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Retail use approved for historic building
WEST Bay could have a new shopping opportunity in one of the harbour’s most historic buildings after planners rejected English Heritage objections.
Councillors on the West Dorset District Council development control committee gave the go-ahead for a change of use of the old warehouse at the former Norman Good’s yard on Station Road.
The structure is Grade II starred listed, which puts it in the top six per cent of heritage buildings and it is on the national Heritage at Risk Register.
An old Customs bonded store, the building dates back almost 275 years to Bridport harbour’s heyday as a thriving port.
The group of buildings backing on to the beach were used for decades as part of a business dealing in sand and gravel.
Currently they are being used for storage.
English Heritage had recommended that the application on behalf of the Weymouth Bay Developments be refused, claiming future plans for heritage benefits to the building and the site as a whole could be impeded.
But planning officers advised councillors that retail use on the site would be acceptable and could improve the “viability and vitality” of West Bay.
“While under current policy there is a loss in employment land, the draft local plan policies provide more flexibility for a range of employment uses, including retail, “ said case officer Sophie Wright.
“A retail use in a Grade II starred listed building is considered appropriate and while English Heritage has objections due to the lack of information about the potential impact on the heritage asset, it is our opinion that the local planning authority would retain control over future proposals.”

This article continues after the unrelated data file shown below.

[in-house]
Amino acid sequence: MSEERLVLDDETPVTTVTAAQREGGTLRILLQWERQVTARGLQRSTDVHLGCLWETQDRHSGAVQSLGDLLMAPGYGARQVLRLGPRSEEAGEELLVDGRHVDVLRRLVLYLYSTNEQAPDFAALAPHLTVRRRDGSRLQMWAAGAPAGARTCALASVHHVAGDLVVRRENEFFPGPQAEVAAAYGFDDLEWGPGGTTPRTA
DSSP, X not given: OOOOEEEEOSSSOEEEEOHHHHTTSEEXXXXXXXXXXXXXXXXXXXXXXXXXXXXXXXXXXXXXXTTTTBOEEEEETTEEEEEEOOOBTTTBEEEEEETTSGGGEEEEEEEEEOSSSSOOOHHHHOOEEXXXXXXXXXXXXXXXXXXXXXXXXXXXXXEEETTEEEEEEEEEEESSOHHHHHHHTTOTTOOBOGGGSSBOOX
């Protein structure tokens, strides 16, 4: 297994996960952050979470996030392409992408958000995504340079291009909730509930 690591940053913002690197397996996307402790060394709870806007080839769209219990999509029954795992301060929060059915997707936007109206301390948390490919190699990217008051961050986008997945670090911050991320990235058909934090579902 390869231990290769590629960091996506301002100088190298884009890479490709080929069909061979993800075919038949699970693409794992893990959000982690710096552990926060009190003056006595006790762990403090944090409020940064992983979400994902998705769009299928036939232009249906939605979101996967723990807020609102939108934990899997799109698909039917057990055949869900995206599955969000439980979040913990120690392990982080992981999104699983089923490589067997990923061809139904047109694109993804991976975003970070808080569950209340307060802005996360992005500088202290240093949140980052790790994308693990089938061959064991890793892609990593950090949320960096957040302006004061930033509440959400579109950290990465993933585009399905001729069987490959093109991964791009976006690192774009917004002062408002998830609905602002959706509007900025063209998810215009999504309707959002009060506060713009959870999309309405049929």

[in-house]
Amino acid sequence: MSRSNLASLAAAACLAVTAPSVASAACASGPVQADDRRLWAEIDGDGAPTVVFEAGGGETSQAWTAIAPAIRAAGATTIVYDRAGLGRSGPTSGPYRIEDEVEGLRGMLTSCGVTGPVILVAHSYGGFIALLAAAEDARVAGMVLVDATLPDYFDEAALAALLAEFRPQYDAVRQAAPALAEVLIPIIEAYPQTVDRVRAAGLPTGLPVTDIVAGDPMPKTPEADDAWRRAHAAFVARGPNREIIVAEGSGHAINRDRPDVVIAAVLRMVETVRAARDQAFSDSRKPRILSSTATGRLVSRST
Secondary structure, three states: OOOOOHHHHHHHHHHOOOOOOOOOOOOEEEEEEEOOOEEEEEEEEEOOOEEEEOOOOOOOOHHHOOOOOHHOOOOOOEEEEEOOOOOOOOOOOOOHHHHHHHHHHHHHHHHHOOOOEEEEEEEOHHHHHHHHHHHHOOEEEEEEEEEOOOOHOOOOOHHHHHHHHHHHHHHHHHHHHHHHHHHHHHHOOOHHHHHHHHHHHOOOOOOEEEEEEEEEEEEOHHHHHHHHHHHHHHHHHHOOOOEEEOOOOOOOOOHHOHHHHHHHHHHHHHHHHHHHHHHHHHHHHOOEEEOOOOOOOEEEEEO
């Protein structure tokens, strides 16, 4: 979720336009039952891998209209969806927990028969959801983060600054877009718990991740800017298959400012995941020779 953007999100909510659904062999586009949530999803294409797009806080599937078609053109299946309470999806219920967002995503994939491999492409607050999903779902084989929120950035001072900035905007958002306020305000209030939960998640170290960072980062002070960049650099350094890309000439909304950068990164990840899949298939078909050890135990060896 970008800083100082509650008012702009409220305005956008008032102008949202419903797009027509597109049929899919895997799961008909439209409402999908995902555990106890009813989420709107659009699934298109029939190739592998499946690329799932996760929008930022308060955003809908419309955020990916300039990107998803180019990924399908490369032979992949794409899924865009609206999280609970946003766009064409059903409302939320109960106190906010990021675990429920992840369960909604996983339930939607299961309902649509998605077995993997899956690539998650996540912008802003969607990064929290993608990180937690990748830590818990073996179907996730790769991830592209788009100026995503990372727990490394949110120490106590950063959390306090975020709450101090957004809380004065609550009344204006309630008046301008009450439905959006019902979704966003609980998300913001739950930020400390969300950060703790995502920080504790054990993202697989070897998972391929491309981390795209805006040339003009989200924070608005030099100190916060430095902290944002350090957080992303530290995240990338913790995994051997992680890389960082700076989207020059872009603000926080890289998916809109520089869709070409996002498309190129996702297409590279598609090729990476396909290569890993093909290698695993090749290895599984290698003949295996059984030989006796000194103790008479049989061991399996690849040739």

In a letter to West Dorset planners, architect James Francis of agents Durrants said that allowing the change of use would allow their client to have the confidence to move forward with negotiations with potential tenants.
He said: “Currently the application is to allow the building to be established as being class A1 use (shops) which will then enable our client to move the process of looking at regenerating this highly sensitive site with confidence.”
Local councillor David Tett said: “I do not share the view of English Heritage, but then I seldom do!
“The warehouse, through neglect, has been listed on the National Register as being at risk.
“The site is run down and the buildings, left as they are, will deteriorate still further.
“This building, in fact the whole site, needs to be brought back into use at the first possible opportunity.
“I am confident that a change of use to retail will help not only stimulate the economy of West Bay but also provide employment opportunities for many.”